But while Sakamoto’s strengths are easy to see, there are many weaknesses. Perhaps the most obvious to me was his depiction of mouths. It mattered less in issue #39, where we mostly dealt with the exuberant Nickel and the guarded expressions of Tarn, but, when dealing with characters in between those extremes, Sakamoto’s mouths frequently feel overly boxy and simplistic. Sakamoto is great at working with a specific range of emotions. Joy, desperation, cold indifference, these things look wonderful. Sakamoto manages to do some great things with the Necrobot’s design. However, when we venture outside of that set of expressions things can start to waver. There are a number of scenes where the emotion is just lightly dulled by Sakamoto’s art. Characters feel like they’re trying to visually tell you what they’re feeling rather than actually feeling it. It’s not a huge problem in the overall scope of the story, but it’s an issue that’s particularly noticeable in critical dramatic beats. The final sequence or Rewind’s chat with Ultra Magnus leave off on beautiful and open ended beats, but Sakamoto doesn’t quite deliver. Likewise a key panel of Chromedome and Rewind screams that the characters are in love, but it feels very much like the young love of courtship rather than a serious moment of reassurance between two partners.
But while I think that Sakamoto’s storytelling was stronger in his last issue, you can’t really impugn his skill at drawing transformers. All of the characters feel natural in their metal skin and look human without losing the fact that these are mechanical beings.
A Spoilery Thought:
- I suppose on some level we all knew that Agent 113 was the previous Vos, after all the idea of any of the modern DJD members being an Autobot plant seems highly at odds with what we’ve seen. Especially considering some of the theories I’ve seen about 113’s identity it was all but inevitable, but I have to say that I’m almost disappointed. Not that this won’t lead to some excellent stories, I’m almost certain it will, but imagine the dramatic potential if one of Tarn’s current crew was a spy. Imagine if Vos or Tesarus had turned out to be an Autobot. Imagine if one day they’d have to reckon with whether or not what they did, even just what we’ve watched them do, was worth the good it did the Autobot cause.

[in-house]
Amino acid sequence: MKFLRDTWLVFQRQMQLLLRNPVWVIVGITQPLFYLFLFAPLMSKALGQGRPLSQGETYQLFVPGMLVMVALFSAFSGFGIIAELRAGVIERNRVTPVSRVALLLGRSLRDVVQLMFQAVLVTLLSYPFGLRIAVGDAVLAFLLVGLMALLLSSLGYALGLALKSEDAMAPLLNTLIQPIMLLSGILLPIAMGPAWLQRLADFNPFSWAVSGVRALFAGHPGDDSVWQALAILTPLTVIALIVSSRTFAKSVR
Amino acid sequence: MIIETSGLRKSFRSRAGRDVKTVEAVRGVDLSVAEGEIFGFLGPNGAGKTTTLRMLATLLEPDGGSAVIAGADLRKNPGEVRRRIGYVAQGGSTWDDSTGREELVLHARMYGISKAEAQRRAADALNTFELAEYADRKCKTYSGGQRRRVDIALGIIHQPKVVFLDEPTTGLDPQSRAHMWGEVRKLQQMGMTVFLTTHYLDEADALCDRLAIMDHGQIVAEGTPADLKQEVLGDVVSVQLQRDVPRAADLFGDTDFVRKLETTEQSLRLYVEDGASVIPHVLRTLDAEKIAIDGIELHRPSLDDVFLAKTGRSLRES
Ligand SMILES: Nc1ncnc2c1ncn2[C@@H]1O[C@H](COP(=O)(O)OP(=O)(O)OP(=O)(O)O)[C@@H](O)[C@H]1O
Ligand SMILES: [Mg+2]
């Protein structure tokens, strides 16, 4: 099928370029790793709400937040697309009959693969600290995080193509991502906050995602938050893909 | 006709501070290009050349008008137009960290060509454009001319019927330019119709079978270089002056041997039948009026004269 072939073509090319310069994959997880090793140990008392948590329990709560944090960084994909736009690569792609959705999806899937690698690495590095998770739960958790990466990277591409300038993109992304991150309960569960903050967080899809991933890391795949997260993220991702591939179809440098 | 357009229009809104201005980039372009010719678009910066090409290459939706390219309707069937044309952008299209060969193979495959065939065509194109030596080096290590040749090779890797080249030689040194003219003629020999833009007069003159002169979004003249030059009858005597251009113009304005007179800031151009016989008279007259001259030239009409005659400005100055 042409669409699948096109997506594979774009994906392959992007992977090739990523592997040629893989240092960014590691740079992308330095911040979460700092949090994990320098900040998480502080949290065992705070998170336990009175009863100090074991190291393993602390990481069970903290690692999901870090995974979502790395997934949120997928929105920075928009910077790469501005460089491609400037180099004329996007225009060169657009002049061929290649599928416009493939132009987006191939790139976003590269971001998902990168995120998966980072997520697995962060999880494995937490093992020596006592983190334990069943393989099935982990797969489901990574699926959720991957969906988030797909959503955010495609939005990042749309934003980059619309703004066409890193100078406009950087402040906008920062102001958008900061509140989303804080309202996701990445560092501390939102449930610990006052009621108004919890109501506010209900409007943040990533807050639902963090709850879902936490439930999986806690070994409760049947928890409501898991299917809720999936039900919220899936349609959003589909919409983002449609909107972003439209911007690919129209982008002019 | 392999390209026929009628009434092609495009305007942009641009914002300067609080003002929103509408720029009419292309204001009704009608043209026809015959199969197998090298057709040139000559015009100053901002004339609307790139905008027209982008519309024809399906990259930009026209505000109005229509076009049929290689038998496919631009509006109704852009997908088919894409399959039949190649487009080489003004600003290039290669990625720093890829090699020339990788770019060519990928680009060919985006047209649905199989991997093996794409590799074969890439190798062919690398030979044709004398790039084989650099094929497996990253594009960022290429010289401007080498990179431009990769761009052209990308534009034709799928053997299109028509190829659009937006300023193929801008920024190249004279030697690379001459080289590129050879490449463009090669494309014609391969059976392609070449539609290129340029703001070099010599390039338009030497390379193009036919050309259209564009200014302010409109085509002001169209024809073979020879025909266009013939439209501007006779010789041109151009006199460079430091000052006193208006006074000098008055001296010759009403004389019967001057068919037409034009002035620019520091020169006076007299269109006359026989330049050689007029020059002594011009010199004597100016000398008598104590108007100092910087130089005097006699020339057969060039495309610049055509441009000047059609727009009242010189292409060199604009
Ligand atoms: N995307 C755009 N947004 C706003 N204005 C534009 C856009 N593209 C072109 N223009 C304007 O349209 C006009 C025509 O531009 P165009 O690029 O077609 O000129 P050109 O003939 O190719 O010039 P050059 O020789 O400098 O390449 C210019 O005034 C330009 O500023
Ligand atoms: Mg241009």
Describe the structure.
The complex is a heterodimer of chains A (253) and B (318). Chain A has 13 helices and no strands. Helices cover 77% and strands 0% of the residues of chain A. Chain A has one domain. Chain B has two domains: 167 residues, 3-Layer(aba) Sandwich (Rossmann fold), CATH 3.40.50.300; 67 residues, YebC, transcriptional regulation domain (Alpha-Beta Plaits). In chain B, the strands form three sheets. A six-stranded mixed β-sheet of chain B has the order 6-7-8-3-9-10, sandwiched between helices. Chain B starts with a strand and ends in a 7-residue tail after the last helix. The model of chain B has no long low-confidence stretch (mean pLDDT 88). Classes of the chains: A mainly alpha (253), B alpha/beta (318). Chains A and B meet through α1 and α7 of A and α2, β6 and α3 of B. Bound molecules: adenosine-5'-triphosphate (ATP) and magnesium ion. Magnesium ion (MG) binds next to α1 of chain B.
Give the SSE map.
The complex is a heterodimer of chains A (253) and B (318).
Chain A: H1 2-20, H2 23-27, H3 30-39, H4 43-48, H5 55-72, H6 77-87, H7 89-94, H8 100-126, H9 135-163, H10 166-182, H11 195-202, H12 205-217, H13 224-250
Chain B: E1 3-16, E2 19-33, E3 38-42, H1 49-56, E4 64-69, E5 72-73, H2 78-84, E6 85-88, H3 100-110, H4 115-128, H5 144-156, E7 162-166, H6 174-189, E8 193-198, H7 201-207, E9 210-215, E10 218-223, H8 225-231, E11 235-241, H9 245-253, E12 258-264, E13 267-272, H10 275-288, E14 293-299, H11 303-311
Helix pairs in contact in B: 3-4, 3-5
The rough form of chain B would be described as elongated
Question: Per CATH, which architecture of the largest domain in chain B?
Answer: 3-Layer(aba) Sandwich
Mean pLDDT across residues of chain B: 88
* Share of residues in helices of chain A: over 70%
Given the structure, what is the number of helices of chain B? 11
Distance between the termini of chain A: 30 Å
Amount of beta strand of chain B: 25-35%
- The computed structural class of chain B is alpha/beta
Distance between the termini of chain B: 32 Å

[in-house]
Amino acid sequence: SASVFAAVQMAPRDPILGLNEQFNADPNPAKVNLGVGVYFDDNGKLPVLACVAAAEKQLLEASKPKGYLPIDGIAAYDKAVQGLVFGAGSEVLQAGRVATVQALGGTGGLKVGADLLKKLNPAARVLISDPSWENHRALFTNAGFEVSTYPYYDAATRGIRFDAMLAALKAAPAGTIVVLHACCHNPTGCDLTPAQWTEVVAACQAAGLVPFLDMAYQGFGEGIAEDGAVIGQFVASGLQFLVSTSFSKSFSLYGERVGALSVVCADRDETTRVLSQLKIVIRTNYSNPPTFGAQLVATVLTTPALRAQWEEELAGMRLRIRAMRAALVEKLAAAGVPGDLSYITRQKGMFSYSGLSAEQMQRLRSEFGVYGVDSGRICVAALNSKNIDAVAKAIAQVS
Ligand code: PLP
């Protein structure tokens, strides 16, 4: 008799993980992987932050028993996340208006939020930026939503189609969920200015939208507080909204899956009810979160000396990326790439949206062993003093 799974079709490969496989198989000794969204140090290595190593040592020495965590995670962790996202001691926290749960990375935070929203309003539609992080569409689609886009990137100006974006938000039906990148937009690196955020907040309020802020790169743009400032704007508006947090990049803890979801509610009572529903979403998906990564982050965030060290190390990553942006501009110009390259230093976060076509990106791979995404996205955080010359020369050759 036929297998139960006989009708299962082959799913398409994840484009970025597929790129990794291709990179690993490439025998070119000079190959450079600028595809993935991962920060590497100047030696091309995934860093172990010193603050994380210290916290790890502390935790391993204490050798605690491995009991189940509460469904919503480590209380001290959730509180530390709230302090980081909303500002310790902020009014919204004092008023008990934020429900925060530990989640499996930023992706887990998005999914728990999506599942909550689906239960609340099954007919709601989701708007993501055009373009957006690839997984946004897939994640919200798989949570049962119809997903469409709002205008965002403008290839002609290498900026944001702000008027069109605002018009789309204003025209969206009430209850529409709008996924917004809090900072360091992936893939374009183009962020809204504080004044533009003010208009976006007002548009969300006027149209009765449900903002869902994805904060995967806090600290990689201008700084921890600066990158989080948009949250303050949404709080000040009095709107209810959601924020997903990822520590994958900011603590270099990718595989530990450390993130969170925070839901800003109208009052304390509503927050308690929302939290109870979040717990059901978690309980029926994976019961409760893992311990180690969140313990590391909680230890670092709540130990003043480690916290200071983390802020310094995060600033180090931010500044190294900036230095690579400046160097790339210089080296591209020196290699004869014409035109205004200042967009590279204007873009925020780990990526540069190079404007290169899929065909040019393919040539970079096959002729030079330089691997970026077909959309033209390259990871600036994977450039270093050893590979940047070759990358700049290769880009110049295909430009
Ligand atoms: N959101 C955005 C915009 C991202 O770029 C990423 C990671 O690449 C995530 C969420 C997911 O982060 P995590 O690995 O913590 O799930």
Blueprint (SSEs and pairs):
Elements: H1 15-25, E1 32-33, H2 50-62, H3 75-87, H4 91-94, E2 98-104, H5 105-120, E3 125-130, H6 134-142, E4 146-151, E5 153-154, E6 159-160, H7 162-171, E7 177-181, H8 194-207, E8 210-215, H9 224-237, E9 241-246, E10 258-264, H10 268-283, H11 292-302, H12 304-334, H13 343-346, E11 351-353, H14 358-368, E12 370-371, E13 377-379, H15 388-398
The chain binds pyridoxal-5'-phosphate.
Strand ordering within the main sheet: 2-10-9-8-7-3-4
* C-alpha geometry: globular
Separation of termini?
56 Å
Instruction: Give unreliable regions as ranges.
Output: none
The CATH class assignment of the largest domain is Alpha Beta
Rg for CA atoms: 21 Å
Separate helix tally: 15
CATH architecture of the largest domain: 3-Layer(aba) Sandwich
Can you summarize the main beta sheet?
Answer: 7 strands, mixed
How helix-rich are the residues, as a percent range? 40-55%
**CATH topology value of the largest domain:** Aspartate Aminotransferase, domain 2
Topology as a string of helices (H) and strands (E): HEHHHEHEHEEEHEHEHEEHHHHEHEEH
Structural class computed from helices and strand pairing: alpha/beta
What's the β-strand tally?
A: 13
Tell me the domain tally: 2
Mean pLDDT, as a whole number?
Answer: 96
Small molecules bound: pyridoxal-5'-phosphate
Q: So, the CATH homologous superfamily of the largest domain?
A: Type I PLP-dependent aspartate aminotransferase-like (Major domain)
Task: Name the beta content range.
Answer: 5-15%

“The Not Knowing” is an issue of soaring heights and well meaning missteps, but the former more than outweigh the later. You can occasionally sense the gears turning behind the scenes, but James Roberts is as funny as he’s ever been and remains a master of the poignant, self-contained issue. The character work in this issue is absolutely stunning and longtime readers will love and fear turning each page. Hayato Sakamoto once again proves a skillful artist of all things Transformers, though I think that this issue didn’t play to his strengths and there are some storytelling issues that weaken the effect. It’s a tad less even than many of Robert’s previous issues, but Transformers: More Than Meets The Eye #44 is a great example of what we love about this series.